E-cigarettes may not be able to prevent heart attacks
A new research has revealed that nicotine, which is the major addictive substance in cigarette smoke, contributes to smokers’ higher risk of developing atherosclerosis, the primary cause of heart attacks.
Chi-Ming Hai from Brown University said the findings suggested that e-cigarettes, the battery-powered devices that deliver nicotine in steam without the carcinogenic agents of tobacco smoke, may not significantly reduce smokers’ risk for heart disease.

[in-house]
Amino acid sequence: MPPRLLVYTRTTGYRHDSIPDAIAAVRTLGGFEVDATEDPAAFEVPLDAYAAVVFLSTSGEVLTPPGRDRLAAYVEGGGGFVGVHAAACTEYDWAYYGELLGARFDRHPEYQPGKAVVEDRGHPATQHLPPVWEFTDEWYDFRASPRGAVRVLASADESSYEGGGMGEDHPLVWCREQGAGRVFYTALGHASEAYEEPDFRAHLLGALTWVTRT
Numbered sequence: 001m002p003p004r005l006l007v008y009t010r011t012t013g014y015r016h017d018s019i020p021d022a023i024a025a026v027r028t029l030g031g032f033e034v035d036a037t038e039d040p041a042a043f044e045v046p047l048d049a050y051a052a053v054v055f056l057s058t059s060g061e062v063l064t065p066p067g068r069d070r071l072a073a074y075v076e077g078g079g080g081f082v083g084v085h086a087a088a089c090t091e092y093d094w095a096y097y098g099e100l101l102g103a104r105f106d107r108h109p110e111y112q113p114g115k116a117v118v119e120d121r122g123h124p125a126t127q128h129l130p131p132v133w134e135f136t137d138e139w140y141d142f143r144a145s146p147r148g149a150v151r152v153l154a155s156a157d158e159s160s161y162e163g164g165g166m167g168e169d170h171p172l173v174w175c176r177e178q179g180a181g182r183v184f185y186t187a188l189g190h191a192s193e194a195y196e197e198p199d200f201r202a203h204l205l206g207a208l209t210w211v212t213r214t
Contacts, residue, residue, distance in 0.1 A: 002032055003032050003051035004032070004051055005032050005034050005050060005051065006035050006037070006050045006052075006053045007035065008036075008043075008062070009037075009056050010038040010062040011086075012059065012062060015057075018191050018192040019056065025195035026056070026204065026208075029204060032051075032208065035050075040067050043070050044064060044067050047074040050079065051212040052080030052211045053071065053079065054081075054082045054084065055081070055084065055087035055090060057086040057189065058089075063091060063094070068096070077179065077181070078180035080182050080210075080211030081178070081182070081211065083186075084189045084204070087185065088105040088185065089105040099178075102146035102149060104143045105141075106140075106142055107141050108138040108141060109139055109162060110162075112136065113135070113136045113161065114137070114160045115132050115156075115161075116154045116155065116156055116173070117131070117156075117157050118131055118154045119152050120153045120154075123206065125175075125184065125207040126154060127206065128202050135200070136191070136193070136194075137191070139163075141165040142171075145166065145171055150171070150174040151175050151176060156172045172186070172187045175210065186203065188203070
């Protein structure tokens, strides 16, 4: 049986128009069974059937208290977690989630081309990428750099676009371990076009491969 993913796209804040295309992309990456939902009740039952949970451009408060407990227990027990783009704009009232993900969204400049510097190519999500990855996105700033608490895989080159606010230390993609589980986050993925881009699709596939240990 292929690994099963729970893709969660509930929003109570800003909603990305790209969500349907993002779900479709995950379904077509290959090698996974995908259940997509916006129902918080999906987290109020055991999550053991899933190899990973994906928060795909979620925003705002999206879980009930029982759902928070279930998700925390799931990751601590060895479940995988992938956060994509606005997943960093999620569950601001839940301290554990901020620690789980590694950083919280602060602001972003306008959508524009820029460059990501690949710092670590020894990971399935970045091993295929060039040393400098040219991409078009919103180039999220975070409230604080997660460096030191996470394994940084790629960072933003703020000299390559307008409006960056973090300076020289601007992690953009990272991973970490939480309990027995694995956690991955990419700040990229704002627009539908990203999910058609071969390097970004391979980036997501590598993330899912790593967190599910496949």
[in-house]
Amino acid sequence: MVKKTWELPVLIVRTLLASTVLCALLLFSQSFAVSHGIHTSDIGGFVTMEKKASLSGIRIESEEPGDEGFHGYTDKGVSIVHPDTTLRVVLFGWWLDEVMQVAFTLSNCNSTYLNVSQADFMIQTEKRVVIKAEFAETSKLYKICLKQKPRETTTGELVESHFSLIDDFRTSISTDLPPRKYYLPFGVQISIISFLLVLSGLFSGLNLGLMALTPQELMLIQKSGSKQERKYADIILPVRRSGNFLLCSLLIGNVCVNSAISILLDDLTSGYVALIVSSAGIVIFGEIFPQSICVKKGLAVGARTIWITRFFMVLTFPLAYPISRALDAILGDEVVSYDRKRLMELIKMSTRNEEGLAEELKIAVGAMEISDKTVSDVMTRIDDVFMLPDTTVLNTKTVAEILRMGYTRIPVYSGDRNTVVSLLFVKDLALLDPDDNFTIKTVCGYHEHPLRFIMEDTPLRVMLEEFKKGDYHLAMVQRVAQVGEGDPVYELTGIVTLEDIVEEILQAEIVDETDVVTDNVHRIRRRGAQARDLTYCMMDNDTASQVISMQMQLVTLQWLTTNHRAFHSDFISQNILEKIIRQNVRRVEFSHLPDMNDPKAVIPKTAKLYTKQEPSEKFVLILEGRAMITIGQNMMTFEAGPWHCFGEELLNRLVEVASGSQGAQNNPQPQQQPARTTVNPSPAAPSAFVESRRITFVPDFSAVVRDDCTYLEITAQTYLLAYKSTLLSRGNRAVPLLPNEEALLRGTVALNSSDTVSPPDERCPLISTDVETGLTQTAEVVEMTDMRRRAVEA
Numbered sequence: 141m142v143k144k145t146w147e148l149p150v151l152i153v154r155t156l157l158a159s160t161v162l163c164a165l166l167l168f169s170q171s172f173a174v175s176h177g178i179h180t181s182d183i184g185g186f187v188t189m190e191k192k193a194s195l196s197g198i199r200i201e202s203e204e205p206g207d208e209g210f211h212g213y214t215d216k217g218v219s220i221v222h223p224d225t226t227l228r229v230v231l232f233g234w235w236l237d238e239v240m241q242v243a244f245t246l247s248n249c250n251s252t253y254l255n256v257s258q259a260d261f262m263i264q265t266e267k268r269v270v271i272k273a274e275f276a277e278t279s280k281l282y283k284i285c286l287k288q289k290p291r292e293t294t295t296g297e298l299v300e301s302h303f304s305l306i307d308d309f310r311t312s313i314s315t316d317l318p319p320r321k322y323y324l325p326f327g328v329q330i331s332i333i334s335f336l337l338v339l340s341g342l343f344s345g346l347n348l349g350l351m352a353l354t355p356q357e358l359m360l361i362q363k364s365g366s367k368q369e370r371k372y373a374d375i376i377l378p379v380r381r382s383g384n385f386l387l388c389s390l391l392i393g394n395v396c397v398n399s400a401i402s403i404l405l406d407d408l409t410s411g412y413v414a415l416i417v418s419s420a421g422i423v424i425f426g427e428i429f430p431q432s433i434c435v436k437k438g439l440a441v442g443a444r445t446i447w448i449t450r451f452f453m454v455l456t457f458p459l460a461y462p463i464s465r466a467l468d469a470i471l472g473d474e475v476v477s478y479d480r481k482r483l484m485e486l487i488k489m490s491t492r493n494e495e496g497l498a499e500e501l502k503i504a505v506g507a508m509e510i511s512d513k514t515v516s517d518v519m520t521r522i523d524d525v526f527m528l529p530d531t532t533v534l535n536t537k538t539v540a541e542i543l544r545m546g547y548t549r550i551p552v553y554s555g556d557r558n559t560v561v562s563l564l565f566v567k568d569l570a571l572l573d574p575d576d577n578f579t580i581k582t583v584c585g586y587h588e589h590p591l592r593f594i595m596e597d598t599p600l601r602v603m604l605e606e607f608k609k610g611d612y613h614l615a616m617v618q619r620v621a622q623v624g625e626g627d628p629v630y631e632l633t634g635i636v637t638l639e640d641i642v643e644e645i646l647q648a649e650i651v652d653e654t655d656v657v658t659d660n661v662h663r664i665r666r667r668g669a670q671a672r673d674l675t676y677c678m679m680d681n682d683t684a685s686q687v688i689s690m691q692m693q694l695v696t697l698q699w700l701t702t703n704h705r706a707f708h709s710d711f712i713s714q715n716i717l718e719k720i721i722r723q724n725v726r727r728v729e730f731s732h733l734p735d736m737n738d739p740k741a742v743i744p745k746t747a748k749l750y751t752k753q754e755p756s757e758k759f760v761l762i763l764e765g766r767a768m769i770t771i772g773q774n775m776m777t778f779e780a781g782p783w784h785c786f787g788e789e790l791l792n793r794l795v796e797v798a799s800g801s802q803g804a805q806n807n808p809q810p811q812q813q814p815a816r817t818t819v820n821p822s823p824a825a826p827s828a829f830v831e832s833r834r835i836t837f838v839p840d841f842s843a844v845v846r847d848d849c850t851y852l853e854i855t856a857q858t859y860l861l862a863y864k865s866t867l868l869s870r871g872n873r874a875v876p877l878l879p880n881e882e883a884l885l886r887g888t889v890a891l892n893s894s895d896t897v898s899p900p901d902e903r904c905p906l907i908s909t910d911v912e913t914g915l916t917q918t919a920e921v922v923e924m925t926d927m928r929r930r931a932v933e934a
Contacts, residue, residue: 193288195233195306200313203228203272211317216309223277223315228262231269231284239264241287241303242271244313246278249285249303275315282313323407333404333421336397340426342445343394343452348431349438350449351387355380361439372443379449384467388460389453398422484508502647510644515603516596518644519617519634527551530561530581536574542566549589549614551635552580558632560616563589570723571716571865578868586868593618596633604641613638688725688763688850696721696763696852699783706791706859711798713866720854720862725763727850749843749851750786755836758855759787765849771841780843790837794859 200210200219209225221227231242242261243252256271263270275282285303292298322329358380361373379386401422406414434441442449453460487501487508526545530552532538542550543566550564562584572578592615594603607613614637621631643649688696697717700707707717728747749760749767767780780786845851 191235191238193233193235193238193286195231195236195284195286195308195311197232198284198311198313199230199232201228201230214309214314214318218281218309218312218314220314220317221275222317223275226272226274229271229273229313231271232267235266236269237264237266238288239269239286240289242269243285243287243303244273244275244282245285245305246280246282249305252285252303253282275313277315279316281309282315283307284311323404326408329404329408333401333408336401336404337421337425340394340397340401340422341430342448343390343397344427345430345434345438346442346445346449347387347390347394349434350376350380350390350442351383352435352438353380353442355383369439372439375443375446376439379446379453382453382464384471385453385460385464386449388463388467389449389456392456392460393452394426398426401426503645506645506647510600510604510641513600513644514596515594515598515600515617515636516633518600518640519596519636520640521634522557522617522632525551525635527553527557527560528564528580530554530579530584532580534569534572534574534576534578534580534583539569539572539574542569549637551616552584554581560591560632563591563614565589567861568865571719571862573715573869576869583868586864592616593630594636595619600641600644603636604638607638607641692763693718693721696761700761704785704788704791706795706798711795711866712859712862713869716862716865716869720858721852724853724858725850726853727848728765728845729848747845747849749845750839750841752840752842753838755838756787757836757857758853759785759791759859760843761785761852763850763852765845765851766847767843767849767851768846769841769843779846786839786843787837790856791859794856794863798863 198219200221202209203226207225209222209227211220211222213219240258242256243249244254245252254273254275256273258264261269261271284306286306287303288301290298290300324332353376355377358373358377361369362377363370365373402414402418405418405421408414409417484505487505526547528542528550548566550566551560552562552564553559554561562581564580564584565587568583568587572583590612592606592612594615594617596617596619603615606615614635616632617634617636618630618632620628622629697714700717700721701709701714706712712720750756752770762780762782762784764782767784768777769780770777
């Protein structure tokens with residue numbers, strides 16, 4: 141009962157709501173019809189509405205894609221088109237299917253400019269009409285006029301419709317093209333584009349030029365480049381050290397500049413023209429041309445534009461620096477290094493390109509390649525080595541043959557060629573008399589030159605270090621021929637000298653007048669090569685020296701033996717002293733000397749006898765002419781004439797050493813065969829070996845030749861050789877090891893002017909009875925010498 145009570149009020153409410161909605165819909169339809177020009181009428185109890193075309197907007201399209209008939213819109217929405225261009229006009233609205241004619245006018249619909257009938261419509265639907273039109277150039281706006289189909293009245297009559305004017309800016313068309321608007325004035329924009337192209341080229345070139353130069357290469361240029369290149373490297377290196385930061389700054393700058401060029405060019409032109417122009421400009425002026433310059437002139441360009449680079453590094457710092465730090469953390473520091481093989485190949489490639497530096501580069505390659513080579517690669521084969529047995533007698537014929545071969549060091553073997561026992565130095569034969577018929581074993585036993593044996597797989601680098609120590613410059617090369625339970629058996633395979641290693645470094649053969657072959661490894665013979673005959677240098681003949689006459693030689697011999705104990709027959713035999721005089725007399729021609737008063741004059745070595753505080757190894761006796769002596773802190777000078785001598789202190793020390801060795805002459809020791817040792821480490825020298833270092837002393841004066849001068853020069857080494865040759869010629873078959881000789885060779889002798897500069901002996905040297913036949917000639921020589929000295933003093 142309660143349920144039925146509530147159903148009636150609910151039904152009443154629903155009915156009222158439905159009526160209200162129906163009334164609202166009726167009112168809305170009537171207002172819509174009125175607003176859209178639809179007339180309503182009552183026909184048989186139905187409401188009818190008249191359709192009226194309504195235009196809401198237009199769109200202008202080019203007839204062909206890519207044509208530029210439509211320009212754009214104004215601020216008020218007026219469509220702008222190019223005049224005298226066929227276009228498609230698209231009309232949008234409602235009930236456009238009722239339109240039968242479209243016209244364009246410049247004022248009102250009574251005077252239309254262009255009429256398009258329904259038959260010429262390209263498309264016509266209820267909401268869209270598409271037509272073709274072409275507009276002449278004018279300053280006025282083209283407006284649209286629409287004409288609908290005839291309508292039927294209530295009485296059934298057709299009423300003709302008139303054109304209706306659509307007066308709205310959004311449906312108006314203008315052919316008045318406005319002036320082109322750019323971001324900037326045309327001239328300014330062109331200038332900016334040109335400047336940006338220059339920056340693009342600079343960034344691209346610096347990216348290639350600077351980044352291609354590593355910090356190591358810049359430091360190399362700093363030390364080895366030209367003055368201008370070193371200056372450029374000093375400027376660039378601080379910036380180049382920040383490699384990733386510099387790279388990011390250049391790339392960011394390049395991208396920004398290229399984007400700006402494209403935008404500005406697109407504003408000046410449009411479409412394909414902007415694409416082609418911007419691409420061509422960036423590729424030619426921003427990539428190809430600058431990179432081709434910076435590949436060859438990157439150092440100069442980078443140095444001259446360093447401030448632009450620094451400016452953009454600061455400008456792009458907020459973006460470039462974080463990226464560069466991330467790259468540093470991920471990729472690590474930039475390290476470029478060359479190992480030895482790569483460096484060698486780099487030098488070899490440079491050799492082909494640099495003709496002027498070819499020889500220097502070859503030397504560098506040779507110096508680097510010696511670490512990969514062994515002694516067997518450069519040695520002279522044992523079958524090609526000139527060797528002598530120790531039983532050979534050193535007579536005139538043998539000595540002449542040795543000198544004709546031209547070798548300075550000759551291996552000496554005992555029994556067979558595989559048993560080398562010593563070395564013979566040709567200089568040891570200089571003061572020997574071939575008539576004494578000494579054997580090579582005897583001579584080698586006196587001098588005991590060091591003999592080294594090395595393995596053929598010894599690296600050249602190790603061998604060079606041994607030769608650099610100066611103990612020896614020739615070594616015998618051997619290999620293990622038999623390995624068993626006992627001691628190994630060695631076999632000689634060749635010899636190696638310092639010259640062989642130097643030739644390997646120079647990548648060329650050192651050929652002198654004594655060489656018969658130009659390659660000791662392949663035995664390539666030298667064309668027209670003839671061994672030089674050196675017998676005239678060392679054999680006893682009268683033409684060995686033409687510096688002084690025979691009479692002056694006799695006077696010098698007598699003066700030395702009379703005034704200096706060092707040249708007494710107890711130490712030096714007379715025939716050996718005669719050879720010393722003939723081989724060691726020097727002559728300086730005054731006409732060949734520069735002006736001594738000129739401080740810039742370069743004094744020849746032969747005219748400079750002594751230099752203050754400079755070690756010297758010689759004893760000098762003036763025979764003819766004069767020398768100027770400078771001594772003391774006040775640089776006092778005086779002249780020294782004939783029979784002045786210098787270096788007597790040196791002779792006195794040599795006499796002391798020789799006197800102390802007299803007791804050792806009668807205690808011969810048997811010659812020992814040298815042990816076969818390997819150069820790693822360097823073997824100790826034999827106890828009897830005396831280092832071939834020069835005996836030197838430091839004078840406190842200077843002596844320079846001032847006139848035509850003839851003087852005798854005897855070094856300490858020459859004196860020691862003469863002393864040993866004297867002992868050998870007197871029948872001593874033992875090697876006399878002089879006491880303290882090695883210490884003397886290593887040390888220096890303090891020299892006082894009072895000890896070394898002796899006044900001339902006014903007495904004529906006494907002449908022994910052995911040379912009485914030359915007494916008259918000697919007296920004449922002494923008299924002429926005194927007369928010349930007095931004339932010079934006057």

Dr. Hai’s research on human and rat vascular smooth muscle cells provides evidence of a link between nicotine and atherosclerosis. (Read: Could electronic cigarettes save a million lives?)
In Dr. Hai’s experiments, nicotine appeared to drive the formation of a kind of cellular drill called podosome rosettes, which are members of the invadosome family, consisting of invadopodia, podosomes and podosome rosettes.